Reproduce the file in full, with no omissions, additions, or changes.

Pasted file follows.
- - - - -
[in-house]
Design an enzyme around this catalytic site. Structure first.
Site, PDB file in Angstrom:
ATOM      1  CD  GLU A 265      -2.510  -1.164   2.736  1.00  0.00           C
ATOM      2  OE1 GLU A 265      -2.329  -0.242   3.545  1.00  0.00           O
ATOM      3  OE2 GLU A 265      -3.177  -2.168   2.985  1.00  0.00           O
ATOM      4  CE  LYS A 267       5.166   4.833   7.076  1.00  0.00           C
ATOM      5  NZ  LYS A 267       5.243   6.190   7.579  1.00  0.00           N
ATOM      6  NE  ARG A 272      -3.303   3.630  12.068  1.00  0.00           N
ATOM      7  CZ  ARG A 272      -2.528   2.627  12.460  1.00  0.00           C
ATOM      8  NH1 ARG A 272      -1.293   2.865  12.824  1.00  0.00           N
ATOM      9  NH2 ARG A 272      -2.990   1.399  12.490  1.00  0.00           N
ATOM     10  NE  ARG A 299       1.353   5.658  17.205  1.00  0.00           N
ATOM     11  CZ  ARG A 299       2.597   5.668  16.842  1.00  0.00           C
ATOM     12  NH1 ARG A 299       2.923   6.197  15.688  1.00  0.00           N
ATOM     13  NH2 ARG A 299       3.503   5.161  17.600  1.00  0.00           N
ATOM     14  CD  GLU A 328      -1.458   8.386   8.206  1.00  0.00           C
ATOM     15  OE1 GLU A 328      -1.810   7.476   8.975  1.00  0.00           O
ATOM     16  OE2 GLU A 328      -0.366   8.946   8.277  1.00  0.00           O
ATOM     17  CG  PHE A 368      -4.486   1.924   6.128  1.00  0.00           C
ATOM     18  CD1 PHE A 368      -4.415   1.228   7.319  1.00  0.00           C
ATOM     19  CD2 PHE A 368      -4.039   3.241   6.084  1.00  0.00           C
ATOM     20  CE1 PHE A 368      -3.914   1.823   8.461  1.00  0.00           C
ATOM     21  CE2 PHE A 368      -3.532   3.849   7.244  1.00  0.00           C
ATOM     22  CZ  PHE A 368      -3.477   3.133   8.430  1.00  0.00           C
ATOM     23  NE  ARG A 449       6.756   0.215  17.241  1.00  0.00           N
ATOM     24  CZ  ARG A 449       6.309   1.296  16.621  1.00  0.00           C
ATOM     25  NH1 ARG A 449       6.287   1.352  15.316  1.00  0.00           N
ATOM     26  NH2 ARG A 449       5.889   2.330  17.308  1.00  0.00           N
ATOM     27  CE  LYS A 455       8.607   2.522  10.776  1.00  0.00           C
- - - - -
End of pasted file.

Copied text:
[in-house]
Design an enzyme around this catalytic site. Structure first.
Site, PDB file in Angstrom:
ATOM      1  CD  GLU A 265      -2.510  -1.164   2.736  1.00  0.00           C
ATOM      2  OE1 GLU A 265      -2.329  -0.242   3.545  1.00  0.00           O
ATOM      3  OE2 GLU A 265      -3.177  -2.168   2.985  1.00  0.00           O
ATOM      4  CE  LYS A 267       5.166   4.833   7.076  1.00  0.00           C
ATOM      5  NZ  LYS A 267       5.243   6.190   7.579  1.00  0.00           N
ATOM      6  NE  ARG A 272      -3.303   3.630  12.068  1.00  0.00           N
ATOM      7  CZ  ARG A 272      -2.528   2.627  12.460  1.00  0.00           C
ATOM      8  NH1 ARG A 272      -1.293   2.865  12.824  1.00  0.00           N
ATOM      9  NH2 ARG A 272      -2.990   1.399  12.490  1.00  0.00           N
ATOM     10  NE  ARG A 299       1.353   5.658  17.205  1.00  0.00           N
ATOM     11  CZ  ARG A 299       2.597   5.668  16.842  1.00  0.00           C
ATOM     12  NH1 ARG A 299       2.923   6.197  15.688  1.00  0.00           N
ATOM     13  NH2 ARG A 299       3.503   5.161  17.600  1.00  0.00           N
ATOM     14  CD  GLU A 328      -1.458   8.386   8.206  1.00  0.00           C
ATOM     15  OE1 GLU A 328      -1.810   7.476   8.975  1.00  0.00           O
ATOM     16  OE2 GLU A 328      -0.366   8.946   8.277  1.00  0.00           O
ATOM     17  CG  PHE A 368      -4.486   1.924   6.128  1.00  0.00           C
ATOM     18  CD1 PHE A 368      -4.415   1.228   7.319  1.00  0.00           C
ATOM     19  CD2 PHE A 368      -4.039   3.241   6.084  1.00  0.00           C
ATOM     20  CE1 PHE A 368      -3.914   1.823   8.461  1.00  0.00           C
ATOM     21  CE2 PHE A 368      -3.532   3.849   7.244  1.00  0.00           C
ATOM     22  CZ  PHE A 368      -3.477   3.133   8.430  1.00  0.00           C
ATOM     23  NE  ARG A 449       6.756   0.215  17.241  1.00  0.00           N
ATOM     24  CZ  ARG A 449       6.309   1.296  16.621  1.00  0.00           C
ATOM     25  NH1 ARG A 449       6.287   1.352  15.316  1.00  0.00           N
ATOM     26  NH2 ARG A 449       5.889   2.330  17.308  1.00  0.00           N
ATOM     27  CE  LYS A 455       8.607   2.522  10.776  1.00  0.00           C